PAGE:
12 April 2010

Life takes over (as it should)

When I started reading The Last Week by Borg and Crossan, I had no idea (as we never do) of what was waiting in the wings of my life.  My friend Bob had gracefully passed onto the next phase of his life, things were sprouting in the greenhouse, and it seemed to be the perfect time for a week long furlough into intellectual/spiritual musing.  Ah, but the best laid plans...

It has been my first time as Clerk of Hopewell Centre of being involved with the life, dying, death and memorial planning for a Friend.  Also my first time of doing something like this since I declared out loud that God has called me to ministry.  Sometimes just the naming of a process gives it a whole new feel, and this was one of those times.

Where before I might have said, "This is just too much for me to be involved in," and pulled back, I now felt I had a responsibility to be Present.  Not just a responsibility; I wanted to be present.
Where once I might have glossed over things, performing the perfunctory tasks, I now found myself anticipating the needs of others, and desiring to go the extra mile, to seek where I might be of help, to encourage others to do the same.

It was a blessing of the greatest gifts to me as much to others.  I received the opportunity to "officiate" at the graveside, to deliver a prayer, some scripture and some words of comfort.  My first reaction to being asked was fear, but that was quickly replaced by a calm fortitude, as it was not me that had this work to do, but the inner Light, ministering through me.

Lest you think I have been spirited off to some other-worldly plane, I must tell you quickly that the acceptance of the gift of ministry has by no means wiped my slate clean of human frailty.  Along with the acceptance of responsibility, came my the surfacing of my most common human traits:  control, anxiety, misspoken words of correction, loss of patience, and an overwhelming sense of being more "right" than others.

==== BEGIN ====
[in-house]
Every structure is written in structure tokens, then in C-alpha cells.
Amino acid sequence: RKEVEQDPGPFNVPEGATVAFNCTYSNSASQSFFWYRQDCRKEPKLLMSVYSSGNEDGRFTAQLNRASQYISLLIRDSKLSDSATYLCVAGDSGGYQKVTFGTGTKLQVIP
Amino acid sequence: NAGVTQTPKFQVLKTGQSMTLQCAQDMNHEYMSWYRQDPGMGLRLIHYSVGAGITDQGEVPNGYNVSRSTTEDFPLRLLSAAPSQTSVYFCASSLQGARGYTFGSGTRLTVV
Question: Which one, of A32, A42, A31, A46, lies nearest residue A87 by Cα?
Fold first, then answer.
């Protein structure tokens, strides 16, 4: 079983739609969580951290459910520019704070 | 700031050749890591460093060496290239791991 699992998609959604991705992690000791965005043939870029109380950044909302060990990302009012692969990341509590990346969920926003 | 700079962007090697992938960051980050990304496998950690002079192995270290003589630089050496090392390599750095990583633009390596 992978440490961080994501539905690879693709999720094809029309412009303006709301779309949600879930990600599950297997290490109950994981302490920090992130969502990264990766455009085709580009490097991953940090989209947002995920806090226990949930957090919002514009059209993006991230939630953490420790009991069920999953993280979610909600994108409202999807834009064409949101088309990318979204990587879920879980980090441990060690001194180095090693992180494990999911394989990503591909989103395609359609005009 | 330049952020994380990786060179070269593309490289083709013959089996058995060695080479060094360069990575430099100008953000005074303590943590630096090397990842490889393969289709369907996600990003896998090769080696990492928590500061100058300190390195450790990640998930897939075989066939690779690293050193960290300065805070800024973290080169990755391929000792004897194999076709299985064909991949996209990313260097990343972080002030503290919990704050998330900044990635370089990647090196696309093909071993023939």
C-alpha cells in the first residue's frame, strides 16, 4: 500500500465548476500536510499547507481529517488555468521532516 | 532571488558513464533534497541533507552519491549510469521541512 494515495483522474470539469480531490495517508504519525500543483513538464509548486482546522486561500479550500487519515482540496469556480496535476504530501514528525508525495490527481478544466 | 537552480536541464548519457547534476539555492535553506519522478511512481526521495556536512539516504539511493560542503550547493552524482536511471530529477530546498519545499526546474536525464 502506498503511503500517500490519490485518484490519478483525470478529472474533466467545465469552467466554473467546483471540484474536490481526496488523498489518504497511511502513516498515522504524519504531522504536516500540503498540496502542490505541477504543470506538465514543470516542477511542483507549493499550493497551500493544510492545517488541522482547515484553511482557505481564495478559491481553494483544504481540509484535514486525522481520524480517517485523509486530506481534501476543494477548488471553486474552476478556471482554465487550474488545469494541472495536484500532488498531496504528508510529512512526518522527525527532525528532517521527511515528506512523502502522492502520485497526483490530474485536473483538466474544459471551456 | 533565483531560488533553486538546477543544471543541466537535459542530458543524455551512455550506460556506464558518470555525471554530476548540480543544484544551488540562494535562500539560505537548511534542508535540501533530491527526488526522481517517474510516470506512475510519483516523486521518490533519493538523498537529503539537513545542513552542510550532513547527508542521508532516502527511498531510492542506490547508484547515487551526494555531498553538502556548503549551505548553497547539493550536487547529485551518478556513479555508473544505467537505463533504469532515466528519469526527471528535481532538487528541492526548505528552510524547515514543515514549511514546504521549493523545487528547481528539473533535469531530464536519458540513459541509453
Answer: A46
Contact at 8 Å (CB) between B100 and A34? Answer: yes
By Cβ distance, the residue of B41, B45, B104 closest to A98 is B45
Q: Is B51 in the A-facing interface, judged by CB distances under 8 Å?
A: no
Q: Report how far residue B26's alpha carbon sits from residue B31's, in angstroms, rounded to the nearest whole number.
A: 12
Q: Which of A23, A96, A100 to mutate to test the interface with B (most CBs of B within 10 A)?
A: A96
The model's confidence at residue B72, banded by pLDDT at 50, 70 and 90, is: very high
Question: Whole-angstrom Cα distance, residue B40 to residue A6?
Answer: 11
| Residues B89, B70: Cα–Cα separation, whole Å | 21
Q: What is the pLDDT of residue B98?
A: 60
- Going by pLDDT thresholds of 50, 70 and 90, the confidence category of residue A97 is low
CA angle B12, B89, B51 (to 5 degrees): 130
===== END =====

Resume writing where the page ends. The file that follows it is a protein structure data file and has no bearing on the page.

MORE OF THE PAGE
So being a minister does not free one of one's humanness?  Alas, as even Jesus knew, this is not the case.  But my friend Bob, even in his human absence, ministered to me in this case.  His wife said,
"Where is that scripture Bob liked, Whether we live or whether we die, we are the Lord's?  You can read that graveside, right?"

And so I went to Romans 14:

Romans 14

The Weak and the Strong
 1Accept him whose faith is weak, without passing judgment on disputable matters. 2One man's faith allows him to eat everything, but another man, whose faith is weak, eats only vegetables. 3The man who eats everything must not look down on him who does not, and the man who does not eat everything must not condemn the man who does, for God has accepted him. 4Who are you to judge someone else's servant? To his own master he stands or falls. And he will stand, for the Lord is able to make him stand.  5One man considers one day more sacred than another; another man considers every day alike. Each one should be fully convinced in his own mind. 6He who regards one day as special, does so to the Lord. He who eats meat, eats to the Lord, for he gives thanks to God; and he who abstains, does so to the Lord and gives thanks to God. 7For none of us lives to himself alone and none of us dies to himself alone. 8If we live, we live to the Lord; and if we die, we die to the Lord. So, whether we live or die, we belong to the Lord.
 9For this very reason, Christ died and returned to life so that he might be the Lord of both the dead and the living. 10You, then, why do you judge your brother? Or why do you look down on your brother? For we will all stand before God's judgment seat. 11It is written:
   " 'As surely as I live,' says the Lord,
   'every knee will bow before me;
      every tongue will confess to God.' "[a] 12So then, each of us will give an account of himself to God.